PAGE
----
Tag: Bear Stearns

Best Finance Quote of 2008 (so far)

Jamie Dimon, on determining the purchase price of Bear Stearns:

“Buying a house and buying a house on fire are two different things.”

Watch the entire interview with Charlie Rose at Calculated Risk.

UPDATE: At 40:45 into the video, Dimon talks about what you must have in a management team, with particularly emphasis on “truth telling.” Insightful, and an otherwise scarce viewpoint.

Mad Money, or Stupid Listeners?

Why anyone would listen to financial advice from a television program host is beyond me. It’s comedy, not advice:

After it was announced March 16 that J.P. Morgan Chase & Co. (NYSE:JPM) was purchasing Bear Stearns Cos. (NYSE:BSC) for $2 a share, the stock plummeted over 80 percent at the open of trading on March 17.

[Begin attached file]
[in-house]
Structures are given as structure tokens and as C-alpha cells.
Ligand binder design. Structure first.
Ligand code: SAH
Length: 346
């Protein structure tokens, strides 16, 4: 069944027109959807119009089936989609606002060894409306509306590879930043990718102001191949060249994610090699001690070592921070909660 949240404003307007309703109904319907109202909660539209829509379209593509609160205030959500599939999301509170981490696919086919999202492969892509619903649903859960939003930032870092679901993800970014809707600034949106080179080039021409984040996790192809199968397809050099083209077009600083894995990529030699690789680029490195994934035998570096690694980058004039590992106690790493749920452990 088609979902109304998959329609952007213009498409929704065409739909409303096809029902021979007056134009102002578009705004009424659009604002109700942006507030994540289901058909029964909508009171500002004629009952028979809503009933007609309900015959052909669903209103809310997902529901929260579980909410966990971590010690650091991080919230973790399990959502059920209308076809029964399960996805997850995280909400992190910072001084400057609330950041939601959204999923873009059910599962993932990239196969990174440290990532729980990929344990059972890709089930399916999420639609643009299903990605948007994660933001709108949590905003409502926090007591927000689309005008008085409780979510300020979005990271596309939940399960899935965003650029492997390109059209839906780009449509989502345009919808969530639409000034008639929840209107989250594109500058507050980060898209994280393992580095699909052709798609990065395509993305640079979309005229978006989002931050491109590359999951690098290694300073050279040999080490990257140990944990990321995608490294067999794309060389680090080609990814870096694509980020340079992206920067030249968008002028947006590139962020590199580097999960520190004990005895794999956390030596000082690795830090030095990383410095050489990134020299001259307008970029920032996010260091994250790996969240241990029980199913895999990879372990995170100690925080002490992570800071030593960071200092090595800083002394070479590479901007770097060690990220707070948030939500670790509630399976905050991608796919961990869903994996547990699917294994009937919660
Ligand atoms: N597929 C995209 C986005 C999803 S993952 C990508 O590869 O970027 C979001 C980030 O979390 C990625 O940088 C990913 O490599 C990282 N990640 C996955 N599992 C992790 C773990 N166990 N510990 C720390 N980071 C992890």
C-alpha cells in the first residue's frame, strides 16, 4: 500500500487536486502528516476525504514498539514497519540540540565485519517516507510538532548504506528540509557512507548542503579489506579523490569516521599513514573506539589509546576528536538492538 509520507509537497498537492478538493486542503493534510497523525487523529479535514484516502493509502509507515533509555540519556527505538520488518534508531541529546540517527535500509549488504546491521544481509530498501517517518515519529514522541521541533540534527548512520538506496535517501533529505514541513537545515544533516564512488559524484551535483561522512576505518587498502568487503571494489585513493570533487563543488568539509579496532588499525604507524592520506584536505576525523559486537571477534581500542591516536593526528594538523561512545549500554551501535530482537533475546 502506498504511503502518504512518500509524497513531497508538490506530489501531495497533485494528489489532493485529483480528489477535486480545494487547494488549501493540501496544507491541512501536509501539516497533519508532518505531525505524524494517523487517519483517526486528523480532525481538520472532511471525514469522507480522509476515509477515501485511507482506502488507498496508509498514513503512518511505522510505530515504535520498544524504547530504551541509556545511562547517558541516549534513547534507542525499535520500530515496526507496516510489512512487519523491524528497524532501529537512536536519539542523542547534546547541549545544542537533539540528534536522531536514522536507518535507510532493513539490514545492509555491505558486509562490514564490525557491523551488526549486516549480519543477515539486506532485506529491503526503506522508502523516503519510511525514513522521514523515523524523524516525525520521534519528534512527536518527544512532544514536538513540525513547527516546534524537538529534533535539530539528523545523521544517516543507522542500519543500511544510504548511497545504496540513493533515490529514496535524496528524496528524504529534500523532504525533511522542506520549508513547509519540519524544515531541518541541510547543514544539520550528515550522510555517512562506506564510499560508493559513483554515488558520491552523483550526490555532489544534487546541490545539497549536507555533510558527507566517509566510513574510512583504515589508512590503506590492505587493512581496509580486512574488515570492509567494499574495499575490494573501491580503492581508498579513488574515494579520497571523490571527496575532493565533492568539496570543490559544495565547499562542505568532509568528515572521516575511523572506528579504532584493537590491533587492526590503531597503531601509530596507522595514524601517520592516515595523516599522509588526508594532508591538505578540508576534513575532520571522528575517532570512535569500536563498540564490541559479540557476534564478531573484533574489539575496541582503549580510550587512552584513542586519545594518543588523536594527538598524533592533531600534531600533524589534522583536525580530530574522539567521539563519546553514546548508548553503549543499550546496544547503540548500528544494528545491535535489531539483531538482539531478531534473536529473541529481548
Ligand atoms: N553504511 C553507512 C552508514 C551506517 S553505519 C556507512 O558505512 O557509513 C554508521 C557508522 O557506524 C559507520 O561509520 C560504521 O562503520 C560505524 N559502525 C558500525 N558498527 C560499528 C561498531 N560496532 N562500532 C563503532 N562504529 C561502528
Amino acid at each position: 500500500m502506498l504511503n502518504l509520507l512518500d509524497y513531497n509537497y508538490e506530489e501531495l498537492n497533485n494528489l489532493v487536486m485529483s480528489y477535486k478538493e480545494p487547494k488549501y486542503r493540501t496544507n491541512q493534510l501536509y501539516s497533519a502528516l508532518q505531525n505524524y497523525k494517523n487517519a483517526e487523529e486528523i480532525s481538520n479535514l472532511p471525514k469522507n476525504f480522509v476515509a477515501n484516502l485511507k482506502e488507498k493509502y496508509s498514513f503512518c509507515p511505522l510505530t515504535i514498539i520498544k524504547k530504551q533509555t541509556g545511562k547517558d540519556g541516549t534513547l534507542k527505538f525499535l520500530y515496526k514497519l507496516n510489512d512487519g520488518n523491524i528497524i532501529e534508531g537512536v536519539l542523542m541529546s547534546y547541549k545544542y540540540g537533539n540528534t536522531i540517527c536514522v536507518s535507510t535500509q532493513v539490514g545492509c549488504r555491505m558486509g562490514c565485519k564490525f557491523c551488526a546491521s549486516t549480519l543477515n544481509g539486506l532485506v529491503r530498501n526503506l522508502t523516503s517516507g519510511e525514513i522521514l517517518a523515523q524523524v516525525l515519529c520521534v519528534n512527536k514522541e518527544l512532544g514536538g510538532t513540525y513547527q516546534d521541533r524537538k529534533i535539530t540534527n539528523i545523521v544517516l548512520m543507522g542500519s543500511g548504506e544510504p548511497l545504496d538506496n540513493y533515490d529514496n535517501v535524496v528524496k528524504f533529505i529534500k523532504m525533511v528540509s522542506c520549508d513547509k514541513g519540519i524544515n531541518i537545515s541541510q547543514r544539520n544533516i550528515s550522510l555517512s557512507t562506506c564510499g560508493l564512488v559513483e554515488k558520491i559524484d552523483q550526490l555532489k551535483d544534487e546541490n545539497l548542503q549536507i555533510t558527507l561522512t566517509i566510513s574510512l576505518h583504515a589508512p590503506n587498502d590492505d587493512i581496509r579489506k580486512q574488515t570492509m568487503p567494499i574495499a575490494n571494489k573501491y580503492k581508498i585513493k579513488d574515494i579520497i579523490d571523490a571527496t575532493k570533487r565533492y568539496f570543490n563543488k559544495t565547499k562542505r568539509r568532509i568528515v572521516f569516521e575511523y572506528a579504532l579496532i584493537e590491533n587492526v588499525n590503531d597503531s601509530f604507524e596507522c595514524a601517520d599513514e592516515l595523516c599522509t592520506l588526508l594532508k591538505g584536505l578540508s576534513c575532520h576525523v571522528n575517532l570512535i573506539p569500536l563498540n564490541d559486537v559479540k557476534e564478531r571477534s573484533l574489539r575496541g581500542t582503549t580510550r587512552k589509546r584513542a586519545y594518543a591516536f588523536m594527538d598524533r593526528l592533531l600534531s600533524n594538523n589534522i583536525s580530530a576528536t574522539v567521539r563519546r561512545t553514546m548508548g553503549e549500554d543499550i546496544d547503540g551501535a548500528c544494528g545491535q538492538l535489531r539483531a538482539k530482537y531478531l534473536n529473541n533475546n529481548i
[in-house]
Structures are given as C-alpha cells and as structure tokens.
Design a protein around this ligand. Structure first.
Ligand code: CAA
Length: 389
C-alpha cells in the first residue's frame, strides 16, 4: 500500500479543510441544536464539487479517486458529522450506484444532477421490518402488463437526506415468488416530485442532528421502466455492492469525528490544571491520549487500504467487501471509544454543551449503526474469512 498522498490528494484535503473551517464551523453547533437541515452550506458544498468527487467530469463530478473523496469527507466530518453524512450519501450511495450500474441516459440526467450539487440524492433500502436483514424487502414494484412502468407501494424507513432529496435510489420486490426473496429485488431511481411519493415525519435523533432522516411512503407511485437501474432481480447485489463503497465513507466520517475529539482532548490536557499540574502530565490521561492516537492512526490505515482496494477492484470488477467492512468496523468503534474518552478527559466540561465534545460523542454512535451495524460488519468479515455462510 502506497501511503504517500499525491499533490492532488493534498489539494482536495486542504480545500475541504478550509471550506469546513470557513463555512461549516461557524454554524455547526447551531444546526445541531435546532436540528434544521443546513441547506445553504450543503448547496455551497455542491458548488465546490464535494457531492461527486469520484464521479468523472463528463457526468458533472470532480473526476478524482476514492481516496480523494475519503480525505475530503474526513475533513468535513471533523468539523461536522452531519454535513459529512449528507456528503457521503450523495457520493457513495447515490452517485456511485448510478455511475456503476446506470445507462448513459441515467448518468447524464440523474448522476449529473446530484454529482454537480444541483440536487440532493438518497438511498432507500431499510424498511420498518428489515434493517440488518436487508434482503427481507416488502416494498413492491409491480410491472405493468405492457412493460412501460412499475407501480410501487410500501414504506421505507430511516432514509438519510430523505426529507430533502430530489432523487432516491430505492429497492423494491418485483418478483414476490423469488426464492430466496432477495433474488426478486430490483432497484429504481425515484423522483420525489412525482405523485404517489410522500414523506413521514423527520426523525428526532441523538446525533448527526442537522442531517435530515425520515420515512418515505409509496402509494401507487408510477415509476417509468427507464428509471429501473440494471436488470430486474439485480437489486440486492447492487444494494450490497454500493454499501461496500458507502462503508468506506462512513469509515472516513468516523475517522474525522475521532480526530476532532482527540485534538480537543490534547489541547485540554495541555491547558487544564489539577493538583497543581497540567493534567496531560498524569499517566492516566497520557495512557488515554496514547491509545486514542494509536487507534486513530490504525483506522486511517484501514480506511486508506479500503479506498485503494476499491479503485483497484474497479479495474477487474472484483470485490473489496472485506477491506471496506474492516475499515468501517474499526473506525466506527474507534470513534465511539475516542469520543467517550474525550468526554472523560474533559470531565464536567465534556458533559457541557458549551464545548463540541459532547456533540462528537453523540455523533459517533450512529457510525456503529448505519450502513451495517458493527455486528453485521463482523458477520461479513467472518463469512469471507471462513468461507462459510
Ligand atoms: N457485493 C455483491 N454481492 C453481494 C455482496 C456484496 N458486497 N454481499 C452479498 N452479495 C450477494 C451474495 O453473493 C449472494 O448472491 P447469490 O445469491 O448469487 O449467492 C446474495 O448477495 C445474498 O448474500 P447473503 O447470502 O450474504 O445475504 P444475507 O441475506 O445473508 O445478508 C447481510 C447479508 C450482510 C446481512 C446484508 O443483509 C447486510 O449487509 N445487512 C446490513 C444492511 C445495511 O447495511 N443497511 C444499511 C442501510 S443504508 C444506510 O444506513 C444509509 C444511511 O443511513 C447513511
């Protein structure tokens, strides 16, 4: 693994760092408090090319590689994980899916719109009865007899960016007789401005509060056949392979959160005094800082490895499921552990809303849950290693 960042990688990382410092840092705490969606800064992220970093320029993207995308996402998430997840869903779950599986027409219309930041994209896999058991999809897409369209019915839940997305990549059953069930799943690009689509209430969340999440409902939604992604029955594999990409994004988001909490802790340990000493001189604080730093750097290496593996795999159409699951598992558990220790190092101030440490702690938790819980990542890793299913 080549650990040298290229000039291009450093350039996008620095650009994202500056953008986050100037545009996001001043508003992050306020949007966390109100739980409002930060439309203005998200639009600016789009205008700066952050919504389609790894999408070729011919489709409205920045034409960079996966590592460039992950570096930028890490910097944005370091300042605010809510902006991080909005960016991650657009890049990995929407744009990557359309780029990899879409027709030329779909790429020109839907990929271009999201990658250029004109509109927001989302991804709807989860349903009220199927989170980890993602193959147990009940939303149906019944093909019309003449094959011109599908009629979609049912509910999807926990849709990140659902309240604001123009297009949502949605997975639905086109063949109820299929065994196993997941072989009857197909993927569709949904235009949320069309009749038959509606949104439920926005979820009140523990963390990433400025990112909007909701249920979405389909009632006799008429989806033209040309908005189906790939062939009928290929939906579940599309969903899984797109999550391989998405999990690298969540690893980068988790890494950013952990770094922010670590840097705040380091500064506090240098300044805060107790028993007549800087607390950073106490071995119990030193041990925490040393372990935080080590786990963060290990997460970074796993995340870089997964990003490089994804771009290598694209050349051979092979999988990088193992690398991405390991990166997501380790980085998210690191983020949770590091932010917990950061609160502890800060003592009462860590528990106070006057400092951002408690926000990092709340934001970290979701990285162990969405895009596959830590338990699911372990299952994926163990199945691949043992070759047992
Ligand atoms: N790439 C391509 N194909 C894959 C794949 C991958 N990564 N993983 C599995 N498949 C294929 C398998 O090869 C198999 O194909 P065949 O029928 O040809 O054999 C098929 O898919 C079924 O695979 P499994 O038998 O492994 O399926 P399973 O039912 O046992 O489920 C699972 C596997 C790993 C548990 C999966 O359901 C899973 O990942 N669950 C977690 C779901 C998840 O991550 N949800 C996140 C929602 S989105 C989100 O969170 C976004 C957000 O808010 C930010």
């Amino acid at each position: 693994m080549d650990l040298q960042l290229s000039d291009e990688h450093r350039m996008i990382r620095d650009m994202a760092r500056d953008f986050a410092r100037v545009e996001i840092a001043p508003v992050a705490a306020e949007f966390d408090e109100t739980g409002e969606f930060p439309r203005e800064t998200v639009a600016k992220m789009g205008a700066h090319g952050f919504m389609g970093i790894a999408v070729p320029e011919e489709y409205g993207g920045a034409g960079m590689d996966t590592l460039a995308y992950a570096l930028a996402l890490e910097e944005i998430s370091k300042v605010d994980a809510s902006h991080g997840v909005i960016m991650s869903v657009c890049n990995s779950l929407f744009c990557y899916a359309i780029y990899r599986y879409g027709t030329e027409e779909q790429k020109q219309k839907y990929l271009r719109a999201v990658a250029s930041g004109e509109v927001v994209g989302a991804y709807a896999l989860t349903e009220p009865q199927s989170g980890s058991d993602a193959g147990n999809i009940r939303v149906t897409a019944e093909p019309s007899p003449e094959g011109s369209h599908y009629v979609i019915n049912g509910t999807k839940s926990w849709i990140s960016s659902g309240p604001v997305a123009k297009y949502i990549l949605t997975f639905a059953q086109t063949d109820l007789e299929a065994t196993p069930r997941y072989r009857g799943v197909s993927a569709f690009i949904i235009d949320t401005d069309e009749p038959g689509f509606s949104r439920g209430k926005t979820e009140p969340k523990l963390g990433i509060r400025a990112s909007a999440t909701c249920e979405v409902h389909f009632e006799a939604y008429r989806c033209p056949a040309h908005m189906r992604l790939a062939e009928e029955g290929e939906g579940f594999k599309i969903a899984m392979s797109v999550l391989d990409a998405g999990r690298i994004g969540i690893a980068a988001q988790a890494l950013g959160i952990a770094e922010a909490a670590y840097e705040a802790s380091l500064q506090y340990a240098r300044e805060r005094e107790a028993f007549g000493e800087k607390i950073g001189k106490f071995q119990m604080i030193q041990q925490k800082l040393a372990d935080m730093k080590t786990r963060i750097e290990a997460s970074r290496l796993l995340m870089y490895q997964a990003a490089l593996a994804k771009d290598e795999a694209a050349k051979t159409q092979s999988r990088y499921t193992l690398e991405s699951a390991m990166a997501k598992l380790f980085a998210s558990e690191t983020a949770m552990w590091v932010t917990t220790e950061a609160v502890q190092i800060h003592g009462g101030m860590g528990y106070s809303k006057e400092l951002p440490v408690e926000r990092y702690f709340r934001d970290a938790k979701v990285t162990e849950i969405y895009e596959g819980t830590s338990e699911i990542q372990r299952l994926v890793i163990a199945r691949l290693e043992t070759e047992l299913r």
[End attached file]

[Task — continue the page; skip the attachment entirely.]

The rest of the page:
But, on March 11, Cramer told an e-mailer not to sell the beleaguered investment bank’s stock on his show’s Web site:

“Dear Jim: Should I be worried about Bear Stearns in terms of liquidity and get my money out of there? –Peter
Cramer says: “No! No! No! Bear Stearns is not in trouble. If anything, they’re more likely to be taken over. Don’t move your money from Bear.”

They don’t call it “mad” money for nothing.

Bear Stearns no longer

The Wall Street Journal calls it a rescue, but at roughly $2 per share I doubt anyone but the remaining prime brokerage clients and derivative counterparties are looking at it that way.

Monday the company was trading at $70 per share, which sounds more like a bloodbath.

In a short conversation this evening with a friend from the Street, he noted that this was downright ominous. 97% of the market value of the fifth (?) largest investment bank in the world disappeared into thin air in 144 hours. Who else is out there with such destructive off-balance sheet liabilities of a similar magnitude? And who is really left to “rescue” them?

…with the exception of the Fed (and maybe some tech companies that have zero debt and tens of billions of cash on hand)…?

Bear Stearns Sees Facebook Worth $5B-$6B

A Bear Stearns analyst pegs Facebook’s value at $5B-$6B. With revenue of $6 billion by 2016. Will Facebook even exist in 2016?